Controlling a peristaltic Pump

Hey everybody,
I am quite new to the topic of using Arduino so I will try to be as precise as possible. I am questioning the approach to my current Project and wanted to check if it is feasible. I am Investigating Environmental stress cracking of polymers. For this, I need a constant level of medium in which the polymer will be submerged. This is important because of our optical approach to analyze the specimen. If the Medium evaporates past a certain point during the night, the test will be rendered useless.
I was planning on using a peristaltic pump such as the one linked below:

As continuous pumping over weeks will probably be a little too much for the pump, I was planning on using an Arduino to set a timer to activate for example for 5 ml every hour or so.
What kind of equipment should I acquire? Is the normal Arduino Uno sufficient? Is it possible to combine it with Matlab? For example, if Matlab detects a significant decrease in medium level --> activate the pump for 5ml?

I would be grateful for any help and am already pumped for my first little project :smiley:


I would be much more concerned with the use of a toy pump as a critical component in your experiment.

It's one thing -- and easy -- to periodically activate a pump for a period of time.

It's not quite as straightforward to activate a pump for a specific volume of fluid unless you have accurate flow feedback to the control and/or know the characteristics of the pump and experimental setup so you can map run time to volume pumped.

Keep measuring/checking the water level. When needed add som water using a pump, preasuraised water and a valve....
Adding a constant flow will never give a presize water level.

Those pumps have served me well. Reasonably accurate pumping volume vs. time (maybe 10% variation).

For the experiment, however, my focus would be on stopping the evaporation itself rather than trying to top up the volume.

An Arduino cannot, directly, drive a pump (motor). Since a pump does not need to be reversible, a simple transistor driver will suffice. Here is a MOSFET motor driver. Choose the transistor (MOSFET) based on the stall current of the motor. The stall current can be several times the running current. To estimate the stall current, measure the motor winding resistance. Take several measurements rotating the motor a bit between readings. Use the lowest reading in the calculation. The estimated stall current is the motor supply voltage divided by the measured resistance.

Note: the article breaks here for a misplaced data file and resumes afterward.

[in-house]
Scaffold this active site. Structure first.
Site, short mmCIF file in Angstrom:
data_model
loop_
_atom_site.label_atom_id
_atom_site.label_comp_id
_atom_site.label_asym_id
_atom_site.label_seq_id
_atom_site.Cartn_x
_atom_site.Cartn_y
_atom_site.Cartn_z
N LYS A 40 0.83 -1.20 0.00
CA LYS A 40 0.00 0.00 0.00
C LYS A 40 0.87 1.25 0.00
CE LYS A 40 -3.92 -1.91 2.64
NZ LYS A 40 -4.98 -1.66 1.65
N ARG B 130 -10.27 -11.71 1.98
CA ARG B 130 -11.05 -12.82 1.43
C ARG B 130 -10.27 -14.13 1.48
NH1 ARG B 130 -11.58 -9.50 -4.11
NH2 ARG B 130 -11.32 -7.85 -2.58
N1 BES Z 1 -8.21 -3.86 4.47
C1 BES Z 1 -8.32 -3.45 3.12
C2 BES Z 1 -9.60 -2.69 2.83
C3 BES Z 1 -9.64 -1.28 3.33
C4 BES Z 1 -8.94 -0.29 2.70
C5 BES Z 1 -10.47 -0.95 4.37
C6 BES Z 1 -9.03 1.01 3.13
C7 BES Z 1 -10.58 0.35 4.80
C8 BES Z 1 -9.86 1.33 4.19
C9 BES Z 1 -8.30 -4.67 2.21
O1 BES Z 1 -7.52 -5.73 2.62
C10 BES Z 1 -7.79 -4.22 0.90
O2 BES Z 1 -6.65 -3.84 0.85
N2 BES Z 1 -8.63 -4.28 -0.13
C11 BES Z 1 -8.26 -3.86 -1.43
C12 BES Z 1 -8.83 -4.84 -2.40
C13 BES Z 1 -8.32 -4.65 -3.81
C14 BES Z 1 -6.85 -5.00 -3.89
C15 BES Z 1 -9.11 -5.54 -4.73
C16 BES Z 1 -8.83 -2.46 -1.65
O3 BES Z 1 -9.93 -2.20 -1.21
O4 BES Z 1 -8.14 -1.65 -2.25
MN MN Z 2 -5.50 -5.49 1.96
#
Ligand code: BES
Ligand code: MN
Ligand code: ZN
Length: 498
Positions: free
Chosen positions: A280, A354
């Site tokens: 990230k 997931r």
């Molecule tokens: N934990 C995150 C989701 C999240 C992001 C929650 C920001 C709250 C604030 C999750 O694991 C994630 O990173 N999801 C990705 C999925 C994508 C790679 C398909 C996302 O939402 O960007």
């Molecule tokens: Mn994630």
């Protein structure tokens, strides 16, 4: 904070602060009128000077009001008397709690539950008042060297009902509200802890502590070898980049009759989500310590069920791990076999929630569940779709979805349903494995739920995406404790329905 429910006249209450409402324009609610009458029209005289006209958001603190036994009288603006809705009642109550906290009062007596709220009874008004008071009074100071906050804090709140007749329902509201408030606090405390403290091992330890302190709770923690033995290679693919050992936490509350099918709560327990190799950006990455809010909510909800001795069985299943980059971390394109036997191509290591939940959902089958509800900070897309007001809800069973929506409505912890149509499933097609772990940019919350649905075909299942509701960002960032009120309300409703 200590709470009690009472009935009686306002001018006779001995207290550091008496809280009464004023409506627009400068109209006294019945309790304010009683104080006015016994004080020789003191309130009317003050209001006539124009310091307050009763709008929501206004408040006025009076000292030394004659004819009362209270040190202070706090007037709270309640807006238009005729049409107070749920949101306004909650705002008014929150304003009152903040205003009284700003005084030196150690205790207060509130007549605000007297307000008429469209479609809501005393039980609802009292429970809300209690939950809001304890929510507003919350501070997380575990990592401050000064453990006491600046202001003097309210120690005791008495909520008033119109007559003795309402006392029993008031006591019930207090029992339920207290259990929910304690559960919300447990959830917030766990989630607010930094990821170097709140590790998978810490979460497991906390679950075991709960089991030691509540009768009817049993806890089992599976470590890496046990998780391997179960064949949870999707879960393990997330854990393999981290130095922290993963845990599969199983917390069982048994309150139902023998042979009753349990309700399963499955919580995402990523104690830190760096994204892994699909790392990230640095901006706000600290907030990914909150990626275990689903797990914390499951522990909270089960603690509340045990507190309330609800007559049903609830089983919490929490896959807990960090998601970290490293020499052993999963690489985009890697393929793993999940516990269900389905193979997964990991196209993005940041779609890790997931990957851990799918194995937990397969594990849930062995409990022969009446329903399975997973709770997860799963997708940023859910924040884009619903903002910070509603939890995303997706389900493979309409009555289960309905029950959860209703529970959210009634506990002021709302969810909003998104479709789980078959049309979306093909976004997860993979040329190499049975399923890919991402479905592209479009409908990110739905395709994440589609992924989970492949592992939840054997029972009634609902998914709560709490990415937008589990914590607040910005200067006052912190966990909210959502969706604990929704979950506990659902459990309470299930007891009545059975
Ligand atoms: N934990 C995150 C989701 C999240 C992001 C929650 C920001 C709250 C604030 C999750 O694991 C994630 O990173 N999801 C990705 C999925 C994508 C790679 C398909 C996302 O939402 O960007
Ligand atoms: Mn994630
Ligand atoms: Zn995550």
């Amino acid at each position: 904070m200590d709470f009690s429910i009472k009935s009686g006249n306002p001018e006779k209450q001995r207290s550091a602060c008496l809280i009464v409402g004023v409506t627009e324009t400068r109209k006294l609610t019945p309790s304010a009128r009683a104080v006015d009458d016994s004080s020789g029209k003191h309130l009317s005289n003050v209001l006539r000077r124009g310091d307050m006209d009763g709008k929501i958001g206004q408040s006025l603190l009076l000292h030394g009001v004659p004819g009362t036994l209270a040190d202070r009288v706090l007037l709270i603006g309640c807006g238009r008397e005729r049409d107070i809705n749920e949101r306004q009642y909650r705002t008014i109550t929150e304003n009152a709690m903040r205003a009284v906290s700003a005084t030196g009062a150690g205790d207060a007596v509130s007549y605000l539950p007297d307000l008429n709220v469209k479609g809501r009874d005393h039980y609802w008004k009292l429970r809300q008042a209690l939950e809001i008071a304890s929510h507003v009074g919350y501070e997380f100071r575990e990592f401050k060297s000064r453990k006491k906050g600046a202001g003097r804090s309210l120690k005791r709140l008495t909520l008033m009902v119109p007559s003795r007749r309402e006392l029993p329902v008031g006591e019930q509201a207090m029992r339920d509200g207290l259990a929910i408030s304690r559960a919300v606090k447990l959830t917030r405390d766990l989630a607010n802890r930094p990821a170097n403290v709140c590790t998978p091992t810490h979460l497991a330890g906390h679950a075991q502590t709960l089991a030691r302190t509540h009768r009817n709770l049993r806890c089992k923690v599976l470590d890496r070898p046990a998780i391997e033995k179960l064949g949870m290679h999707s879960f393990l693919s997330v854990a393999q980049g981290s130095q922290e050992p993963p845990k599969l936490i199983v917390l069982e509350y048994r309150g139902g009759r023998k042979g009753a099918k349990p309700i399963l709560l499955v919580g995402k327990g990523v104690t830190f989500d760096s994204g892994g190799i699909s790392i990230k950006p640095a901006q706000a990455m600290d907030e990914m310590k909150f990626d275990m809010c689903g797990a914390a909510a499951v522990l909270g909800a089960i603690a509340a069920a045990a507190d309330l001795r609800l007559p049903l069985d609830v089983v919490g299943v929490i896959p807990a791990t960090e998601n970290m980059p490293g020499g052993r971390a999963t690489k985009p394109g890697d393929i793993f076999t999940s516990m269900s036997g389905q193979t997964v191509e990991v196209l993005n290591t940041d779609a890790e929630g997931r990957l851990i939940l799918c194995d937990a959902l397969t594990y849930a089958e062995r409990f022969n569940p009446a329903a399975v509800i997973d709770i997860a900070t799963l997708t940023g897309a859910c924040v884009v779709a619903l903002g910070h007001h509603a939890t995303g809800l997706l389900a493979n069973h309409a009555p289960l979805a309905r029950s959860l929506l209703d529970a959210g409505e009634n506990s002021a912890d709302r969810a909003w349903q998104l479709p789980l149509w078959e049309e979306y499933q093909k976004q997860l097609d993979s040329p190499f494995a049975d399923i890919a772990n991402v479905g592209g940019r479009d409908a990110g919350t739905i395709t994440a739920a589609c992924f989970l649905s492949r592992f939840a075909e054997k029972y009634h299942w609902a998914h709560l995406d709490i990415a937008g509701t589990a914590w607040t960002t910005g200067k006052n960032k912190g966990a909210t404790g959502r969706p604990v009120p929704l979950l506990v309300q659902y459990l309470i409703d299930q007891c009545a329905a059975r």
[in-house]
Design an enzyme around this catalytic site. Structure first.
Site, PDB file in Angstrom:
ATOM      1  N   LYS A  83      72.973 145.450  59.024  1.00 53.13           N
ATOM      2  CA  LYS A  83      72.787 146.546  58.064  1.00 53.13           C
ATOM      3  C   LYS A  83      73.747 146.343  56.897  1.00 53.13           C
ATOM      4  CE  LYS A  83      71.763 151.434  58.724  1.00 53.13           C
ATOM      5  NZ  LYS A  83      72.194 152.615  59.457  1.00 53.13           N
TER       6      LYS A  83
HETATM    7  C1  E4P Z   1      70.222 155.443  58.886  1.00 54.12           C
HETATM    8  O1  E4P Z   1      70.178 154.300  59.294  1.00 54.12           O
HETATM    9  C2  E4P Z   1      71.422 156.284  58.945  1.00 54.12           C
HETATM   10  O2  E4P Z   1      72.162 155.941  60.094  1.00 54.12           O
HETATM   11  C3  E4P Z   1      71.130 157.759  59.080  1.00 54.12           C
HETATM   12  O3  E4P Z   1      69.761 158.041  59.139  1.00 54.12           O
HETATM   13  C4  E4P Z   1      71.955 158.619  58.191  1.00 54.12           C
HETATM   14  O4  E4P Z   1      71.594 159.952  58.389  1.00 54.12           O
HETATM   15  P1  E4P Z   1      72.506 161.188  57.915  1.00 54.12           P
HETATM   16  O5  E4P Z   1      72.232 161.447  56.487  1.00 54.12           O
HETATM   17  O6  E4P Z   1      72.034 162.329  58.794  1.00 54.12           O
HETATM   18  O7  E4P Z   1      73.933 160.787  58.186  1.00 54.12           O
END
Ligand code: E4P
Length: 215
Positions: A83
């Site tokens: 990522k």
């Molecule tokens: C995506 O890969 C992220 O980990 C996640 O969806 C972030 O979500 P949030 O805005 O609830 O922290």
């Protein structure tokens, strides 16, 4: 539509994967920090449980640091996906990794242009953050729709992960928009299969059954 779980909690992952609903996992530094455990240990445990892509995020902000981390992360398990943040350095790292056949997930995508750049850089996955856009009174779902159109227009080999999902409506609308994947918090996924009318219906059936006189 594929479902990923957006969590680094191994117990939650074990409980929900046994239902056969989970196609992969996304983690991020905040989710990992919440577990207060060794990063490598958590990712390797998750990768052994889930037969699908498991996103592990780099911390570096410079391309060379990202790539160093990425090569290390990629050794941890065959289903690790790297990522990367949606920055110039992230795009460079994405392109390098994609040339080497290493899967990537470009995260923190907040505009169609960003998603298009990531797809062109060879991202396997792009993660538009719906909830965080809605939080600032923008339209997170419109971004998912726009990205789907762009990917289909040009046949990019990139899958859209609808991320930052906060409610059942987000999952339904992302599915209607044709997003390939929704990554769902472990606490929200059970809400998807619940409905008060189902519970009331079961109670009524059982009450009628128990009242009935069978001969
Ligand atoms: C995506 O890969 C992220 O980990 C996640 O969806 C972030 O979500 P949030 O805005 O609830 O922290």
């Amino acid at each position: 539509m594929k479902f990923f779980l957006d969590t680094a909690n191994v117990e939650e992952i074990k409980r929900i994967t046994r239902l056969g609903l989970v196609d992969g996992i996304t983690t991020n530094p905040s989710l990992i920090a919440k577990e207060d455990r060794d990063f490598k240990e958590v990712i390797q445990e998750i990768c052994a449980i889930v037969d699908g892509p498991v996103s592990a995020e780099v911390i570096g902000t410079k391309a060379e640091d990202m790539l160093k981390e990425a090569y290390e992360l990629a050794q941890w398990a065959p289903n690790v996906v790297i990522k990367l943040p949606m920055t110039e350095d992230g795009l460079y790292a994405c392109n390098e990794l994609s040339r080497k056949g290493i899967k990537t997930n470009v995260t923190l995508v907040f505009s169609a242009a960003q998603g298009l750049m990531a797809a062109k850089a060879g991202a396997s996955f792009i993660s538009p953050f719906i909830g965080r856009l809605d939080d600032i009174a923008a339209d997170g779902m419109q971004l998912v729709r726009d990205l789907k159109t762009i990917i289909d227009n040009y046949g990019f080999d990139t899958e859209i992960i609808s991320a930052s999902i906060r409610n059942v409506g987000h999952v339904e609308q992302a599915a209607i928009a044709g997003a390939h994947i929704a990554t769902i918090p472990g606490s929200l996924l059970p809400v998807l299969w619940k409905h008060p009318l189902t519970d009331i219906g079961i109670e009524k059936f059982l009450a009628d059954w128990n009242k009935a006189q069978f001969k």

I have to agree that some sort of sensor to know when to pump would be a smart thing,

but there are many projects were sorta-kinda in the ball-park or parking lot is close enough.

for a test, fill the tank to the desired level. note the time.
24 hours later, re-fill by using an accurate measuring cup.

now you know the loss per 24 hour period.

step 2
set up the pump with an Arduino NANO and screw terminal board
make the circuit shown in post #5

run the pump till you get the same volume.
divide running time by 24 and that is how long per hour for your first 24 hour test.

run the pump for 24 hours and see how close it is.

assuming you would check the experiment daily, this should be good enough.
if you think that a failure would result is a ruined experiment, then measure the level and pump to level.

lots of ways to measure level of fluid.
float sensor
non-contact sensor on outside of glass
laser sensor looking at top of fluid, etc

is you want to step it up , get a WiFi unit with sensors
and you can txt yourself when the fluid reaches a low point.

lots of ways to measure level of fluid.
float sensor
non-contact sensor on outside of glass
laser sensor looking at top of fluid, etc

OP is talking about 5 ml/hr to top up the level. If 5 ml is a significant change in level, that's a very small surface area to work with. A laser is probably the only option for such a small thing.

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